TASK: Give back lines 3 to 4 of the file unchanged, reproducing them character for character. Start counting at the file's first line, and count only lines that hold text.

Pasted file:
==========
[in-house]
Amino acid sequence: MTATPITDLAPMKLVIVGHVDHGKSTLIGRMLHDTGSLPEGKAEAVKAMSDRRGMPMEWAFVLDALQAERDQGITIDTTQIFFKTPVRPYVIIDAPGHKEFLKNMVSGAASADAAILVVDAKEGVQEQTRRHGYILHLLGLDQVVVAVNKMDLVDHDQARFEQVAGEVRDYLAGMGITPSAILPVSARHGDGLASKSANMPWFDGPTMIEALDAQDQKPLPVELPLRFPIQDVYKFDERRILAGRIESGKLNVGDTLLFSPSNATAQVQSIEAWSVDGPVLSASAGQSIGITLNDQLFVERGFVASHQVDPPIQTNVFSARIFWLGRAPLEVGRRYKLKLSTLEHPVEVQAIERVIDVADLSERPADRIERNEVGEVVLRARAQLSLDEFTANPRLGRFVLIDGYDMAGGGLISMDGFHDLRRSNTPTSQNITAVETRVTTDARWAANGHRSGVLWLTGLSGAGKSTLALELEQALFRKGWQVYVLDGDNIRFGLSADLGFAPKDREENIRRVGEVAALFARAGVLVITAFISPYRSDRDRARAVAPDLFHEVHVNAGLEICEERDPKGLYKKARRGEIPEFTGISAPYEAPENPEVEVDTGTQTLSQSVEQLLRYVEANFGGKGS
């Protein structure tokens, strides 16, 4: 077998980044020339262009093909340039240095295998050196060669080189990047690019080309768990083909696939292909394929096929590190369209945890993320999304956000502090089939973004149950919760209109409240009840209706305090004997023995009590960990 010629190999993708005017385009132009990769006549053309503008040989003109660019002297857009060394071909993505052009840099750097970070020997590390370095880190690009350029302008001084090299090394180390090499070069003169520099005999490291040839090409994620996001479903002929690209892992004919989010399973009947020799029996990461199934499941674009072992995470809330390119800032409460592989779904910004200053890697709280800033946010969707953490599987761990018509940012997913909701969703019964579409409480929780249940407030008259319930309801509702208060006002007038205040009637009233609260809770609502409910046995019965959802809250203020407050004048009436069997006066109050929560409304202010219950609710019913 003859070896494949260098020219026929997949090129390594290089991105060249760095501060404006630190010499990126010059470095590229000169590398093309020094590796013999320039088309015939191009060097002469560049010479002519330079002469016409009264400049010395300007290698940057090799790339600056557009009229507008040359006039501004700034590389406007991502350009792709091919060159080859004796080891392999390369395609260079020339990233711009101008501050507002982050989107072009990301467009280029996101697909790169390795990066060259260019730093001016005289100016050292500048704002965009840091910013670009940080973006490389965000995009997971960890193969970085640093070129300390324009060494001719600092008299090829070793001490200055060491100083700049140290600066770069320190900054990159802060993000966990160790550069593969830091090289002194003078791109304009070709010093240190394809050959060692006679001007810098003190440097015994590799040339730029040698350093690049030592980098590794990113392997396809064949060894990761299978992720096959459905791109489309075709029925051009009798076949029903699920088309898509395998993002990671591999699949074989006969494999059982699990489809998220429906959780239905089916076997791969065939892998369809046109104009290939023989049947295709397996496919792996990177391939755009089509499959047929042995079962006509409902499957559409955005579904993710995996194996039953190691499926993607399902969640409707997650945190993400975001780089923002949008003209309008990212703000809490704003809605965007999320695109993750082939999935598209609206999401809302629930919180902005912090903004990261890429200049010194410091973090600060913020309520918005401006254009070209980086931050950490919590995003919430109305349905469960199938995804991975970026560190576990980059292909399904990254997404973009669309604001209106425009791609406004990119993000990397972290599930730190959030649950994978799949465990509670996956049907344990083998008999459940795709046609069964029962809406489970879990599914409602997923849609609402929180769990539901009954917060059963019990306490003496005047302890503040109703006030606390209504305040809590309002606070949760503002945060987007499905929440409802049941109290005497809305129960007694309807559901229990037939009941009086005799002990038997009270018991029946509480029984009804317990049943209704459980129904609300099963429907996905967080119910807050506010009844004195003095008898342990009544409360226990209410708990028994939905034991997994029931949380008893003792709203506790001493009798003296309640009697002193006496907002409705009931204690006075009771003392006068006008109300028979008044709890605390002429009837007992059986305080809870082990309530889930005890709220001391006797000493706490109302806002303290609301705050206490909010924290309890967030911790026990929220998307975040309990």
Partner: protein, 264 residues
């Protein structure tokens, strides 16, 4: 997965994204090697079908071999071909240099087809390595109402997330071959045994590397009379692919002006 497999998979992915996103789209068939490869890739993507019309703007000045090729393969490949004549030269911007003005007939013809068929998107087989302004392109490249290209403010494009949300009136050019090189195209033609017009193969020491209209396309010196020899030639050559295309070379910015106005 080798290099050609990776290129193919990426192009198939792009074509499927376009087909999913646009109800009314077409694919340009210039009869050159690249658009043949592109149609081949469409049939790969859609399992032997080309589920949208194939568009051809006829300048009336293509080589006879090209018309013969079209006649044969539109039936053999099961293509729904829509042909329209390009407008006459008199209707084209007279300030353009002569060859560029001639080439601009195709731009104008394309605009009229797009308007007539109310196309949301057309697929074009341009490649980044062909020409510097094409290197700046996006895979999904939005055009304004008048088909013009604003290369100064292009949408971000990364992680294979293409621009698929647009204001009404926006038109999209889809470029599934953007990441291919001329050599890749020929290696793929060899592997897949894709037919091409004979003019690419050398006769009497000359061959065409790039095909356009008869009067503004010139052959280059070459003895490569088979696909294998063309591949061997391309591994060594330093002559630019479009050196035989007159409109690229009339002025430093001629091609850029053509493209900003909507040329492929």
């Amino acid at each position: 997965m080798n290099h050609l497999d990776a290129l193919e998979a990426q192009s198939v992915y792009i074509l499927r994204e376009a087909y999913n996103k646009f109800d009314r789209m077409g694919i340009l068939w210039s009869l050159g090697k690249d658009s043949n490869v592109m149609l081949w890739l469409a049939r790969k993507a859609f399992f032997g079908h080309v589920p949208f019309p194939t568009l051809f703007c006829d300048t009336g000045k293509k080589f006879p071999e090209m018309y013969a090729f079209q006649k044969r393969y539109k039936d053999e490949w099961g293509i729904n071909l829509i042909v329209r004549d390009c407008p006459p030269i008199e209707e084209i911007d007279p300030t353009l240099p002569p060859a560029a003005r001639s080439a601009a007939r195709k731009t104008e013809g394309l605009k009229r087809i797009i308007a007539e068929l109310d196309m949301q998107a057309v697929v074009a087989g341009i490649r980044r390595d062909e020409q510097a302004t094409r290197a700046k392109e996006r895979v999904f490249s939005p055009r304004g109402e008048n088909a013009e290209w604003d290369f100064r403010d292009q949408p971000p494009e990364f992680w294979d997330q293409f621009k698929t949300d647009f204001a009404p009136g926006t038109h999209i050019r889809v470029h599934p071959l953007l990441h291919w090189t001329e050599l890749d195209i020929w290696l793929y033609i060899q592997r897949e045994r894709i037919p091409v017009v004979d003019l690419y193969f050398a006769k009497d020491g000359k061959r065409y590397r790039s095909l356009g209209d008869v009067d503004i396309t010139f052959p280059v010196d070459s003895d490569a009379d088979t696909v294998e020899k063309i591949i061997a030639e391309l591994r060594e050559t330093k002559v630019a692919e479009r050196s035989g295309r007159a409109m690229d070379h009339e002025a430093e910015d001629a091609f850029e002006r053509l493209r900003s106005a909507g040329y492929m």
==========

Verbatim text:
């Protein structure tokens, strides 16, 4: 077998980044020339262009093909340039240095295998050196060669080189990047690019080309768990083909696939292909394929096929590190369209945890993320999304956000502090089939973004149950919760209109409240009840209706305090004997023995009590960990 010629190999993708005017385009132009990769006549053309503008040989003109660019002297857009060394071909993505052009840099750097970070020997590390370095880190690009350029302008001084090299090394180390090499070069003169520099005999490291040839090409994620996001479903002929690209892992004919989010399973009947020799029996990461199934499941674009072992995470809330390119800032409460592989779904910004200053890697709280800033946010969707953490599987761990018509940012997913909701969703019964579409409480929780249940407030008259319930309801509702208060006002007038205040009637009233609260809770609502409910046995019965959802809250203020407050004048009436069997006066109050929560409304202010219950609710019913 003859070896494949260098020219026929997949090129390594290089991105060249760095501060404006630190010499990126010059470095590229000169590398093309020094590796013999320039088309015939191009060097002469560049010479002519330079002469016409009264400049010395300007290698940057090799790339600056557009009229507008040359006039501004700034590389406007991502350009792709091919060159080859004796080891392999390369395609260079020339990233711009101008501050507002982050989107072009990301467009280029996101697909790169390795990066060259260019730093001016005289100016050292500048704002965009840091910013670009940080973006490389965000995009997971960890193969970085640093070129300390324009060494001719600092008299090829070793001490200055060491100083700049140290600066770069320190900054990159802060993000966990160790550069593969830091090289002194003078791109304009070709010093240190394809050959060692006679001007810098003190440097015994590799040339730029040698350093690049030592980098590794990113392997396809064949060894990761299978992720096959459905791109489309075709029925051009009798076949029903699920088309898509395998993002990671591999699949074989006969494999059982699990489809998220429906959780239905089916076997791969065939892998369809046109104009290939023989049947295709397996496919792996990177391939755009089509499959047929042995079962006509409902499957559409955005579904993710995996194996039953190691499926993607399902969640409707997650945190993400975001780089923002949008003209309008990212703000809490704003809605965007999320695109993750082939999935598209609206999401809302629930919180902005912090903004990261890429200049010194410091973090600060913020309520918005401006254009070209980086931050950490919590995003919430109305349905469960199938995804991975970026560190576990980059292909399904990254997404973009669309604001209106425009791609406004990119993000990397972290599930730190959030649950994978799949465990509670996956049907344990083998008999459940795709046609069964029962809406489970879990599914409602997923849609609402929180769990539901009954917060059963019990306490003496005047302890503040109703006030606390209504305040809590309002606070949760503002945060987007499905929440409802049941109290005497809305129960007694309807559901229990037939009941009086005799002990038997009270018991029946509480029984009804317990049943209704459980129904609300099963429907996905967080119910807050506010009844004195003095008898342990009544409360226990209410708990028994939905034991997994029931949380008893003792709203506790001493009798003296309640009697002193006496907002409705009931204690006075009771003392006068006008109300028979008044709890605390002429009837007992059986305080809870082990309530889930005890709220001391006797000493706490109302806002303290609301705050206490909010924290309890967030911790026990929220998307975040309990």
Partner: protein, 264 residues